A couple of months ago I stepped across this weirdly brilliant video shot in Düsseldorf in the occasion of the launch of Don’t DJ latest ep “Authentic Exoticism”. Florian Meyer discuss topics such as #Hybridazation and #ExoticismInContemporaryClubMusic together with PhD Thomas Schwarz. Some of you may be familiar with Florian’s work already since he’s part of The Durian Brothers (which released this amazing trippy and mechanical dub Ep in 2014) and active as Don’t DJ since 2013. A lot of interesting subjects comes out of this 7 mins video, so I’ve decided to go deeper and ask few more – maybe intricate – concepts to Florian. Enjoy.

Palm Wine: I would like to ask you what do you mean by ‘Authentic Exoticism’ but I guess it might be too complex. So, how did the idea of naming this project ‘Authentic Exoticism’ come to your mind?

Don’t DJ: I have never been a big fan of neither the concept of authenticity, nor of the notion of exoticism.
Many people seem to be aesthetically attracted by exoticism precisely because of a desire for the authentic. Also the music I love and the one I produce often finds itself referenced in discourses revolving around exoticism and authenticity. So I was wondering if I could find a way to positively relate to those ideas – and I found it in a very early version of exoticism: Victor Segalen’s aesthetics of the diverse, a fundamental embracing of the other as the other (which is opposed to the experience of the other as a somehow underdeveloped self).

PW: Do you feel that ironic distance can be a good tool to access and fight exoticism today?

DDJ: I never was especially fond of irony, too. Even though some humor is involved in the stuff I do, I think reading it as “ironic” mostly cuts too short and gets in the way of understanding. In fact I am dead serious about what I wrote in the liner notes for the Authentic Exoticism 12” – which doesn’t mean that it is not also funny, but not in an ironic way! I don’t want to waste people’s time by making ironic jokes.

Regarding your question I do not think that irony is a very powerful tool: both sides can conveniently ignore your argument. You can try to ridicule by irony but that mostly hints towards you not having a better argument – thus rendering your position weak. Besides: to those who would have an open ear for your point of view you might sound patronizingly.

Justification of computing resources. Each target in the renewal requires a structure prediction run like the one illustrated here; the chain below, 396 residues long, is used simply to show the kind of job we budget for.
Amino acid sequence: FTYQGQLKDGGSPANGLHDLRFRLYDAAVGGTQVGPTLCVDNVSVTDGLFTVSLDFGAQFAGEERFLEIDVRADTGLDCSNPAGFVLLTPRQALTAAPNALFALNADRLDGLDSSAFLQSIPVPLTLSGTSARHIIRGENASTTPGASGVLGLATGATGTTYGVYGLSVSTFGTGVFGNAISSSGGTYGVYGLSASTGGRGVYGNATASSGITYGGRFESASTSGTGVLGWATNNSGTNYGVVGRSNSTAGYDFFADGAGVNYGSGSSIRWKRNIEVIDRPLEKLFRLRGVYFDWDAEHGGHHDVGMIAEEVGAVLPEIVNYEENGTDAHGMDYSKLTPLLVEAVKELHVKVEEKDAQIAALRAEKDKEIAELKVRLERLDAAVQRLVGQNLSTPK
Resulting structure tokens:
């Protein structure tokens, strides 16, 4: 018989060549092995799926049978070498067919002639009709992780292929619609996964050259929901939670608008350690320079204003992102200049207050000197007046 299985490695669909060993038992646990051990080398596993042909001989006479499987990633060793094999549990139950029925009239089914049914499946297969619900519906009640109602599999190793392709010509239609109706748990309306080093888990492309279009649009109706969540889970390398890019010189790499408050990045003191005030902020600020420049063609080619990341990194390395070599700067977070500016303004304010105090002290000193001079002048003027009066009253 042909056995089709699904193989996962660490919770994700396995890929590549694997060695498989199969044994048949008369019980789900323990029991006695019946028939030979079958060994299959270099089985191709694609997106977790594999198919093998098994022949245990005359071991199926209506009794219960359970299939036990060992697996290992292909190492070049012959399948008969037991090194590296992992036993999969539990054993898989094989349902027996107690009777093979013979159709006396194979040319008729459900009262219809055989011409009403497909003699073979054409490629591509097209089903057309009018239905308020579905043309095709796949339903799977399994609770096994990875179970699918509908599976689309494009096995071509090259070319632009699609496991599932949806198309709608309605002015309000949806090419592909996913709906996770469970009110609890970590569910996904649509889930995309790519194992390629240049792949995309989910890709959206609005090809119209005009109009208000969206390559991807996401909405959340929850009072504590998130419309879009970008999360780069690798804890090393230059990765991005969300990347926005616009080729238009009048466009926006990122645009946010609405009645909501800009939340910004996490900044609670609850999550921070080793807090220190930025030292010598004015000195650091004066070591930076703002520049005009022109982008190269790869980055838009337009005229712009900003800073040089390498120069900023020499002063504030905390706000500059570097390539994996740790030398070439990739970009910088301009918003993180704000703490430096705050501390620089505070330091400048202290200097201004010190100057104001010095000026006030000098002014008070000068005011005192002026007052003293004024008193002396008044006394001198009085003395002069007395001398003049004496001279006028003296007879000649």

However, if your position is already a very weak one, for example the one of an openly suppressed minority, irony can be the best weapon you have. In this situation the gesture of taking up any weapon is already a powerful one. And in this case irony is special as it is hard to address for the authorities, as mostly the ironic act involves taking up habits of the suppressors and thus hitting back can be difficult to legitimize.

My attempt with the Authentic Exoticism was a different one: to research history for alliances with whom I could directly install an Exoticism worth fighting for: The Exoticism which is the spearhead of hybridization against the exoticism of patronizing or condescending romanticization.

PW: Professor Martin Stokes – interviewed by Thomas Burkhalter for Norient’s book “Seismographic Sounds” – speaking about the banalization of the Exotic, declared: “[…] when I’m listening to «multi-culti» music, electronic and sampled, or put together in live, acoustic situations, I’m reassured to the extent that I feel some kind of mutually destabilizing dialogue is underway, and that we are not listening to something where everyone has been assigned a place and is acting a role in somebody’s else drama.” Can I ask what type of dialogue were you looking for in approaching, for instance, gamelan music in your song “Gammellan”?